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Chevy S10 Owner Reviews

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  • It seems like everybody is going through the same phase!! I'm thinking about buying a '94 Blazer Tahoe LT(Fully Loaded) It has 127,000 miles on it but it looks great, im afraid to buy because i been hearing too many trasmission probs and it seems like that's high moleage! I would preciate if i could get an opinion ASAP because i'm looking to buy next week between Sept.18-23. Any help is appreciated you can email me at: gmasterj79@aol.com
  • I forgot to mention they wanted $$4995 for the Blazer
  • 4.3L V-6 Vortec, Towing package, leather seats, keyless entry, roof rack, alloys, the whole 9!
  • mjbwrtrmjbwrtr Posts: 172
    my temp gauge doesnt work right...just registers occasionally..and i am concerned..i dont wanna have it overheat and have me not know til its shot. i have a 1993 s-10 2wd with a five speed and 2.8 v-6. i have asked people about it and no one seems to be able to pin it down. the actual gauge on the dash is in working order, so i know it is a wire or a sending unit. there are two sending units which look almost identical. one is on top under the air filter housing and has two wires coming from it. i unplugged it as part of a "trial and error" and started the truck and it idled very rough. the other unit is on the right side under the valves. i changed this, as i thought it was the problem. it apparently wasnt, as the gauge still registers when it wants to. i am confused and dont wanna end up spending bug bucks to have it done professionally or replacing the engine due to an overheat. any ideas??
  • A broken wire or a loose contact. A general pain either way.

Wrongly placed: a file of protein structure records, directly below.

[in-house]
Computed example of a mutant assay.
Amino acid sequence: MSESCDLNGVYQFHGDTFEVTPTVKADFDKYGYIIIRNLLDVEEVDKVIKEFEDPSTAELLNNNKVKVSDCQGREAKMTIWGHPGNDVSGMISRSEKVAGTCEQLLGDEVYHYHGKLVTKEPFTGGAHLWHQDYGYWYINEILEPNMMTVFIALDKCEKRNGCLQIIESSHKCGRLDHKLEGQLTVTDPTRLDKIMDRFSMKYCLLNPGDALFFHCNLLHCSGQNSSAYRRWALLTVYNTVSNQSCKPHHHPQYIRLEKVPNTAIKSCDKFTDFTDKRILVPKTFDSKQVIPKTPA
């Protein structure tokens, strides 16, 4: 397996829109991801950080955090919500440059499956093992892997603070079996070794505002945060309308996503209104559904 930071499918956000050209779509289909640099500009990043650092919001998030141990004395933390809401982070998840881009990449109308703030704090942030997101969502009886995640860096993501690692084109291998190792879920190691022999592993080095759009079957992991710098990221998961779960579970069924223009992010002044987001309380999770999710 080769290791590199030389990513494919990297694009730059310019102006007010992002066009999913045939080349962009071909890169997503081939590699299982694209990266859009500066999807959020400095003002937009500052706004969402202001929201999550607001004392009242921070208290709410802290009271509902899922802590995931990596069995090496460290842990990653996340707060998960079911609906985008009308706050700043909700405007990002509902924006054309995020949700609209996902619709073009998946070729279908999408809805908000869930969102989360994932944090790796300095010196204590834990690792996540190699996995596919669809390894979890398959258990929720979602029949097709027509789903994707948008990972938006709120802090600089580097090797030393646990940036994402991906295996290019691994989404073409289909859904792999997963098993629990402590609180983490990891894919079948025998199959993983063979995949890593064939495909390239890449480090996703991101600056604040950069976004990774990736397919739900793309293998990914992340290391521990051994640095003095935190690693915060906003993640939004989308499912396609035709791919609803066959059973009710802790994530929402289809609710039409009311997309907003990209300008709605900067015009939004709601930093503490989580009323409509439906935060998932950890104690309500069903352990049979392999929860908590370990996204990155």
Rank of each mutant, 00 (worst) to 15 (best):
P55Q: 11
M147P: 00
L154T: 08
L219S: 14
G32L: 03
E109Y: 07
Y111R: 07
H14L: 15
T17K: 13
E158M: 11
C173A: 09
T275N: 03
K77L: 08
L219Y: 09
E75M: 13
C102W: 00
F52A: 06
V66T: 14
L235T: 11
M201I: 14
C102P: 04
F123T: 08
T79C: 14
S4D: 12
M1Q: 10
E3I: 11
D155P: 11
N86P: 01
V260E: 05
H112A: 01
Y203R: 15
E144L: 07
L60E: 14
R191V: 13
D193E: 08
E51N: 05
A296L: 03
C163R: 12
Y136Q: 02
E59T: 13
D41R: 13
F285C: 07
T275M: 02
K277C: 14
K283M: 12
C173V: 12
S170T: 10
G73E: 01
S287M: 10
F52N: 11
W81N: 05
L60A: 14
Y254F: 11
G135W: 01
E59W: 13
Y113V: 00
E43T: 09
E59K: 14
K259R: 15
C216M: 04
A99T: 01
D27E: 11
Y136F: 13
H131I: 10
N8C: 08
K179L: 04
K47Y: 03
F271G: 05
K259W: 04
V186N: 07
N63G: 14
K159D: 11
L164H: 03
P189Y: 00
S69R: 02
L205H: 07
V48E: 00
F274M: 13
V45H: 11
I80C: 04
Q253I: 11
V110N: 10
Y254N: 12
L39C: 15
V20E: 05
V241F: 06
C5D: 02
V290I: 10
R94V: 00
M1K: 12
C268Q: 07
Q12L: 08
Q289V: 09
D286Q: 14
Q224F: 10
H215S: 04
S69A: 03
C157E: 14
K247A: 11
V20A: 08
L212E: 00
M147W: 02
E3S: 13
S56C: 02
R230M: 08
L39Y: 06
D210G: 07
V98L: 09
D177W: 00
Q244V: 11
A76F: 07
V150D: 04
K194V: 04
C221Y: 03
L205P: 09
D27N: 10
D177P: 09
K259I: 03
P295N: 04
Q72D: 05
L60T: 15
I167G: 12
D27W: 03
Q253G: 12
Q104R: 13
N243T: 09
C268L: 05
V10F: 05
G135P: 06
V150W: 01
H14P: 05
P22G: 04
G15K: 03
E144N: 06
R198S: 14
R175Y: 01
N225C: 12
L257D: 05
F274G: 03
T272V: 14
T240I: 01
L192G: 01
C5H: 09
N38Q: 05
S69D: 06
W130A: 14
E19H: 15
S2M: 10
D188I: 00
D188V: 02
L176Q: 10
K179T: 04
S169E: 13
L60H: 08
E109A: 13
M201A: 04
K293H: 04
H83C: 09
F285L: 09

• mjbwrtrmjbwrtr Posts: 172
    well i figured it was a contact problem or a broken wire but i need to know which of those two sending units is in charge of sending the info to my temp guage. any ideas? i think it is the one on top with two wires coming from it.
  • tommctommc Posts: 68
    The sensor with two wires on top, should have a black and a white or yellow looking wires, is the temp sensor for the computer, the lower one on the head with a green wire is the gauge sensor. Best bet at this point might be to put on an aftermarket gauge. They are usually mechanical with a copper tube and sensing bulb that goes into the place where the factory sensor is.
  • tommctommc Posts: 68
    Had seven S10s now. The best of the breed is the 91 to 93 with the v6 engines. The earlier ones are ok, but tend to rust and aren't generally as well equiped or comfortable. The later S10s, in my opinion, have serious build quality problems. Had a 96 and 97 and really quite surprised, or shocked at the problems with them. I now have a 93 with the Vortec 4.3 V6 that gets 25 mpg with all the power I would want. Had a 91 with 145,000 miles on it, 2.8 V6 five speed, that ran, drove, and looked pretty much as new. Very impressed with the earlier trucks, disappointed with the newer ones.
  • First, let me say that my post does not cover any problems regarding the Chevy S-10...just praises. I am the owner of a 1994 Chevy S-10 (standard short bed) pickup with a 5-speed transmission. I bought it two years ago, and it now has 43,000 miles. I average 28 miles per gallon. Last week I had new brakes/rotors and a new exhaust put on (the pipe ahead of the muffler rusted through. Being the pipe is welded to the muffler, I had to have both replaced). Grand total = $500.00. Other than the seemingly normal wear and tear, I've had no problems. It has the standard 2.2L engine, which doesn't have a tremendous amount of power, but I'm still happy with this truck. I know my two cents doesn't mean much to the people posting their problems, but I just wanted others to know that not all S-10's are problematic. I have a great little truck.
  • I own a 1998 Chevy S10 (4 cyl; automatic; AC)and I have a problem with heat from the engine compartment entering the vehicle. With the climate control in the "off" position, hot air, in lieu of outside fresh air, enters the vehicle at the accelerator (gets hot and is quite uncomfortable to the foot). With the controls in the "vent" position, the hot air blows in my face. The dealership says this is normal for the S10 and there is nothing they can do to correct this situation. If this is a factory defect, is there something that can be done to fix the problem? Please advise.